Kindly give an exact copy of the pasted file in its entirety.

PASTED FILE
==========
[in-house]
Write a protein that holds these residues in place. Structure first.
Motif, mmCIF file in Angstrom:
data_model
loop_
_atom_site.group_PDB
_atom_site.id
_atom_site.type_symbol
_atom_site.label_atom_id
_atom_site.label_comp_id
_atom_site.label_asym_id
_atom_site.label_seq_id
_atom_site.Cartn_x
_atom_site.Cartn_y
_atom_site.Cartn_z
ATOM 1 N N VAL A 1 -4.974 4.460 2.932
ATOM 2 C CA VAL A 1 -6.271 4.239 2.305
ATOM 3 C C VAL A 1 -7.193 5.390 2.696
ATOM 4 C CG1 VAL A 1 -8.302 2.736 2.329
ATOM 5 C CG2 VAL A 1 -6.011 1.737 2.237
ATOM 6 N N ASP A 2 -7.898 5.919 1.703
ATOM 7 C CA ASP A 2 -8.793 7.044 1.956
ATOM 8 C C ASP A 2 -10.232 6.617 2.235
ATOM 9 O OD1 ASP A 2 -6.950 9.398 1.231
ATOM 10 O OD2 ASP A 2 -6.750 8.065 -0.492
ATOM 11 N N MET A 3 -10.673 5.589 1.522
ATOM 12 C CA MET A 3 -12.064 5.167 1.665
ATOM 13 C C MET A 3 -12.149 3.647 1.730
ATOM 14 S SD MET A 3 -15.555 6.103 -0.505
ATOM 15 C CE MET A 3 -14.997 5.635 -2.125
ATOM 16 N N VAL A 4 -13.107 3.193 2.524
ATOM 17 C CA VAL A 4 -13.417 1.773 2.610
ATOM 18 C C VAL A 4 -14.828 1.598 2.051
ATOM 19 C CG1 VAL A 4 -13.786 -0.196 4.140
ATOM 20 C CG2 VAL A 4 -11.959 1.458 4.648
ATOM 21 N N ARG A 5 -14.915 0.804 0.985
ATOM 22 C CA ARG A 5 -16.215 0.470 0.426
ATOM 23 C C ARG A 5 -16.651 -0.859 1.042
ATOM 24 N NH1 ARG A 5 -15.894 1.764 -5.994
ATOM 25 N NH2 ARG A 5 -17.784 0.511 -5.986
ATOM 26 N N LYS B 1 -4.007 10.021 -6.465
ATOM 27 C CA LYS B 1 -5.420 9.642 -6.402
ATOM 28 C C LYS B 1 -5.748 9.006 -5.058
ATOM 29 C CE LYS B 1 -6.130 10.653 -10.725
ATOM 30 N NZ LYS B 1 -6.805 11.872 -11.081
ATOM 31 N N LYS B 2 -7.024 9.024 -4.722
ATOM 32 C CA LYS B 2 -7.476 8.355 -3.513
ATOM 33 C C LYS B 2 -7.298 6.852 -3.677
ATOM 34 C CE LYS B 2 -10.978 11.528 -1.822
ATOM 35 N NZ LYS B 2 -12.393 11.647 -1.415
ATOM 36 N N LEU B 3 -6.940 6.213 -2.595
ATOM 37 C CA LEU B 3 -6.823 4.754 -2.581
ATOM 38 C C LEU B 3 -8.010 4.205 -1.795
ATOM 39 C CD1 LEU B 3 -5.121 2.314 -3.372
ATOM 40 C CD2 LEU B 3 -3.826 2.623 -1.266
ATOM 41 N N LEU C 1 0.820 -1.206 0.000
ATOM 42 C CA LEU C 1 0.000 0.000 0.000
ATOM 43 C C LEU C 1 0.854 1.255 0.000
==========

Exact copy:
[in-house]
Write a protein that holds these residues in place. Structure first.
Motif, mmCIF file in Angstrom:
data_model
loop_
_atom_site.group_PDB
_atom_site.id
_atom_site.type_symbol
_atom_site.label_atom_id
_atom_site.label_comp_id
_atom_site.label_asym_id
_atom_site.label_seq_id
_atom_site.Cartn_x
_atom_site.Cartn_y
_atom_site.Cartn_z
ATOM 1 N N VAL A 1 -4.974 4.460 2.932
ATOM 2 C CA VAL A 1 -6.271 4.239 2.305
ATOM 3 C C VAL A 1 -7.193 5.390 2.696
ATOM 4 C CG1 VAL A 1 -8.302 2.736 2.329
ATOM 5 C CG2 VAL A 1 -6.011 1.737 2.237
ATOM 6 N N ASP A 2 -7.898 5.919 1.703
ATOM 7 C CA ASP A 2 -8.793 7.044 1.956
ATOM 8 C C ASP A 2 -10.232 6.617 2.235
ATOM 9 O OD1 ASP A 2 -6.950 9.398 1.231
ATOM 10 O OD2 ASP A 2 -6.750 8.065 -0.492
ATOM 11 N N MET A 3 -10.673 5.589 1.522
ATOM 12 C CA MET A 3 -12.064 5.167 1.665
ATOM 13 C C MET A 3 -12.149 3.647 1.730
ATOM 14 S SD MET A 3 -15.555 6.103 -0.505
ATOM 15 C CE MET A 3 -14.997 5.635 -2.125
ATOM 16 N N VAL A 4 -13.107 3.193 2.524
ATOM 17 C CA VAL A 4 -13.417 1.773 2.610
ATOM 18 C C VAL A 4 -14.828 1.598 2.051
ATOM 19 C CG1 VAL A 4 -13.786 -0.196 4.140
ATOM 20 C CG2 VAL A 4 -11.959 1.458 4.648
ATOM 21 N N ARG A 5 -14.915 0.804 0.985
ATOM 22 C CA ARG A 5 -16.215 0.470 0.426
ATOM 23 C C ARG A 5 -16.651 -0.859 1.042
ATOM 24 N NH1 ARG A 5 -15.894 1.764 -5.994
ATOM 25 N NH2 ARG A 5 -17.784 0.511 -5.986
ATOM 26 N N LYS B 1 -4.007 10.021 -6.465
ATOM 27 C CA LYS B 1 -5.420 9.642 -6.402
ATOM 28 C C LYS B 1 -5.748 9.006 -5.058
ATOM 29 C CE LYS B 1 -6.130 10.653 -10.725
ATOM 30 N NZ LYS B 1 -6.805 11.872 -11.081
ATOM 31 N N LYS B 2 -7.024 9.024 -4.722
ATOM 32 C CA LYS B 2 -7.476 8.355 -3.513
ATOM 33 C C LYS B 2 -7.298 6.852 -3.677
ATOM 34 C CE LYS B 2 -10.978 11.528 -1.822
ATOM 35 N NZ LYS B 2 -12.393 11.647 -1.415
ATOM 36 N N LEU B 3 -6.940 6.213 -2.595
ATOM 37 C CA LEU B 3 -6.823 4.754 -2.581
ATOM 38 C C LEU B 3 -8.010 4.205 -1.795
ATOM 39 C CD1 LEU B 3 -5.121 2.314 -3.372
ATOM 40 C CD2 LEU B 3 -3.826 2.623 -1.266
ATOM 41 N N LEU C 1 0.820 -1.206 0.000
ATOM 42 C CA LEU C 1 0.000 0.000 0.000
ATOM 43 C C LEU C 1 0.854 1.255 0.000